The true fruits of practicing martial arts are long term. One has to be in it for the long haul. The life of a martial artist is an arc that can only be discerned from afar, from the perspective that only the passage of time can give. In my last post I touched on my own personal awareness of this process in the last stage of my formal dojo experience in Las Cumbres. My good friend Dan Djurdjevic commented on the bucket v. thimble paradigm of energy that every martial artist confronts as the years pile on. Dan is a true and serious martial artist with a lifetime of continuous commitment to the study and practice of the martial arts who has had to overcome myriad obstacles to remain true to an art to which he owes so much. He is a long-term warrior. Dan’s commitment and arc reminded me of a fellow karateca and senior black belt in the Las Cumbres Dojo: Ángel Santana.
Ángel exemplified all that was good about Goju-Ryu, all that a Goju karateca could achieve through the continuous and profound practice of Goju (which can also be said of the commitment to any serious martial art). When I met him, Ángel had well over 20 years experience as a black belt, more than 30 practicing Goju, as far back as Ochoa when he was a university student. The point here is that this practice of karate was continuous. He never took a sabbatical from the dojo, never strayed from the path. By the time I met him he was no spring chicken. Ángel was not in the dojo per se for class, but he was a hovering presence of “old-school” karate training in the flesh … and spirit. Professional and family commitments did not allow him to go to a formal dojo session every day, and yet he found time to practice every day. This was obvious in the impeccable execution, relentless energy, and unyielding martial spirit he displayed when he did come an hour before class to practice solo. He was one of the founders of the Las Cumbres Dojo and one of the financial supporters of that old wooden structure atop a hardware store in the outskirts of San Juan. The dojo was, in a manner of speaking, his other home.
Ángel defied the passage of time. I remember now sitting sweating on a bench with other black belts watching how he did ten-step pushups with the ease of a teenage Chinese gymnast. He could do more of these heart-wrenching pushups that anyone there, young or old, and did so after practicing katas and doing drills without rest for an hour or so. Many were the times I saw him running past me up the stairs, still dressed from work in shirt and tie, lugging this huge bag where he carried his assortment of gis, kobudo arms, and whatnot. He’d make the fastest transition from street to dojo that I have ever seen and by the time I sauntered out of the dressing room he had already worked up a sweat. His warm up acceleration was astounding, looking as focused as if he had been at it for an hour instead of the 15 minutes since I saw him going up the stairs. Only years of continuous practice can give this level of performance.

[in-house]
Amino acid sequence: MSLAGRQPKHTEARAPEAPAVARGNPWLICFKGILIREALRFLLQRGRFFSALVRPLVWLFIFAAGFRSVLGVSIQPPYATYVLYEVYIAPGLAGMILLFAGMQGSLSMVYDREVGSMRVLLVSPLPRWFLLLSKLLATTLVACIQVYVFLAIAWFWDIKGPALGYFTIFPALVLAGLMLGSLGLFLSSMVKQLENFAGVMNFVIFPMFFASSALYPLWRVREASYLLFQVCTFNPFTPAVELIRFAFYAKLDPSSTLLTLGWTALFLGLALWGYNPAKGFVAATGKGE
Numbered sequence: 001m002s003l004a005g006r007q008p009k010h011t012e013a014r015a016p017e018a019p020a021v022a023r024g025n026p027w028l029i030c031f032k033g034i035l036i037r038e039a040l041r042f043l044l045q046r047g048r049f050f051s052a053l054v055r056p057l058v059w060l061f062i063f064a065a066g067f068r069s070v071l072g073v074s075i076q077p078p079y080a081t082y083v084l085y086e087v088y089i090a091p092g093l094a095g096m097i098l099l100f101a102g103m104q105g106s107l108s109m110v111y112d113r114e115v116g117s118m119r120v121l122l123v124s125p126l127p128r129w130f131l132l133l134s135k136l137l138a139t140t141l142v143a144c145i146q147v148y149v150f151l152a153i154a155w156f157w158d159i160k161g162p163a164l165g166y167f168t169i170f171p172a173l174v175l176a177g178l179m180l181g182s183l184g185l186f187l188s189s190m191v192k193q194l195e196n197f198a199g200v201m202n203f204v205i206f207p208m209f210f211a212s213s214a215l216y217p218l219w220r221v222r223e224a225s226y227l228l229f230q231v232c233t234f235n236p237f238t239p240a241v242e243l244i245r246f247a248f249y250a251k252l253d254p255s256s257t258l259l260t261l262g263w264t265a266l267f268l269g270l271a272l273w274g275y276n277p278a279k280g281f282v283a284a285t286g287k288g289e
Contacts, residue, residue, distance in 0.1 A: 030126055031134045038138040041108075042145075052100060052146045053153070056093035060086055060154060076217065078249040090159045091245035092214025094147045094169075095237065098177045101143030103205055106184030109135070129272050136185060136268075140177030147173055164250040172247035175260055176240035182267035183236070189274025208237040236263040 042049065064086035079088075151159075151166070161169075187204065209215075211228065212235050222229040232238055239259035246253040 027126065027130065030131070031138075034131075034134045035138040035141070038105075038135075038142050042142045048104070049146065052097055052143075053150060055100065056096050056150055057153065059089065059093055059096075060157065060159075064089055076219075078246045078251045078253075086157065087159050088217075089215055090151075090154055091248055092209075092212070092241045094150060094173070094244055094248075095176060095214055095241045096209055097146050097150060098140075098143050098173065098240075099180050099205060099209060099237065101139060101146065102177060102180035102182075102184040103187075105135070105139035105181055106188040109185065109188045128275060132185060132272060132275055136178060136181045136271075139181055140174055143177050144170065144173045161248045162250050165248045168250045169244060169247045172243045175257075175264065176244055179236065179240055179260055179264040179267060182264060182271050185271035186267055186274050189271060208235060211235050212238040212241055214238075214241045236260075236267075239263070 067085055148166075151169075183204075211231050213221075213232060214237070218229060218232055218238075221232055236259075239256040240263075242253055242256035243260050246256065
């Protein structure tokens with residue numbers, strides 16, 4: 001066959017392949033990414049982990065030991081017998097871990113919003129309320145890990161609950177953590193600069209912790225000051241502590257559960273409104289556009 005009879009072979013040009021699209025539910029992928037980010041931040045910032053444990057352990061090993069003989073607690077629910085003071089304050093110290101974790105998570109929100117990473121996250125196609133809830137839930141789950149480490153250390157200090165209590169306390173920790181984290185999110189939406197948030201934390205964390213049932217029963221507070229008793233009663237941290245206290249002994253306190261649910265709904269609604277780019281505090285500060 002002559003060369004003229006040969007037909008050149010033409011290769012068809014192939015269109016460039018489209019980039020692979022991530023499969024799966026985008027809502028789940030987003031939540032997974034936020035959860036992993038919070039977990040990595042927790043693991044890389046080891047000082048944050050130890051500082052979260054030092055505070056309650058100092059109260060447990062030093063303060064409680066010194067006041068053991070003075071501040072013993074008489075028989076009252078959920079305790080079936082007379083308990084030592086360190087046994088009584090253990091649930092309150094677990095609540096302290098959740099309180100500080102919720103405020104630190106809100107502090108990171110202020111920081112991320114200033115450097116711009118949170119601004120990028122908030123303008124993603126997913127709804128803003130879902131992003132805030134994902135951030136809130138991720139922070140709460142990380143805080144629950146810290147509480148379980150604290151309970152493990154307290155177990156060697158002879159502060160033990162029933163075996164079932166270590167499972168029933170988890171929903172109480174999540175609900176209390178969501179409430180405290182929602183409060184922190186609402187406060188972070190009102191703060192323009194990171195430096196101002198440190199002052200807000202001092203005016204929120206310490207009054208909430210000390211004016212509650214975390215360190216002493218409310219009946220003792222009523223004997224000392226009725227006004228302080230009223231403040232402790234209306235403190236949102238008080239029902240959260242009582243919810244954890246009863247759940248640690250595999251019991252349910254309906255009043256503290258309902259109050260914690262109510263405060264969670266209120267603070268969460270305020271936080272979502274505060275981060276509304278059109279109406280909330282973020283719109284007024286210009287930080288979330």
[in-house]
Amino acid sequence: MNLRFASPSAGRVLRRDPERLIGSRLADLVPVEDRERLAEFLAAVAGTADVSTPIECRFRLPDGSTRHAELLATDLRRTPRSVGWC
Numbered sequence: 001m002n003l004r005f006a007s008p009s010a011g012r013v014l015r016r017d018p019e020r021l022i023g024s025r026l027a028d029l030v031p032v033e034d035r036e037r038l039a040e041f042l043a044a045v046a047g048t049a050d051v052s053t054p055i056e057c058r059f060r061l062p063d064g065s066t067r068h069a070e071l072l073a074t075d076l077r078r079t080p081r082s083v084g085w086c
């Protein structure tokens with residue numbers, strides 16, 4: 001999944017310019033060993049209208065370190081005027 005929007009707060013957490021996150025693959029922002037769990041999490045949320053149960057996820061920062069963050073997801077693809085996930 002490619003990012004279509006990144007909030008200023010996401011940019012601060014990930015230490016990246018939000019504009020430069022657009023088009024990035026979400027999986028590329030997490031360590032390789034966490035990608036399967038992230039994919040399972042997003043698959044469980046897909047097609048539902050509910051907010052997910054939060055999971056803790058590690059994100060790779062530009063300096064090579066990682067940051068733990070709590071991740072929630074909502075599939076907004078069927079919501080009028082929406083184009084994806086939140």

Yet Ángel was the exception, not the rule. There were others with as much time and as much commitment, but not at his level. When he did give a class it was with the same kime he brought to everything, and not from the sidelines barking orders, but from the front leading by example. Ángel was an example of what any young person starting karate could and should aspire to be, physically, morally, and spiritually. But does this mean that if one does not reach his level that one should seriously consider leaving karate, or maybe stepping up the level of practice? Is the “way” of Ángel the only way to be a martial artist? Of course not, and Ángel would be the first person to say so. He believed that karate was basically an individual journey in the company of others.
The acute awareness that martial arts tries to teach us is not only the awareness of danger, of the opponent, or even at the moment of engagement, it is also an awareness of self. Of how one fits into the major scheme of things at any given moment of that arc. Mind you, I say arc, not an ascending straight line. Or forget arc, and think spiral.
I was not Ángel as much as I would have wanted to be. It would be foolhardy to believe that the practice of martial arts has one unbending rule of perfection. The practice of the martial arts is also one of learning to eat humble pie. As my other good friend Shinzen Nelson would say, one cannot go against Nature, but only flow with it.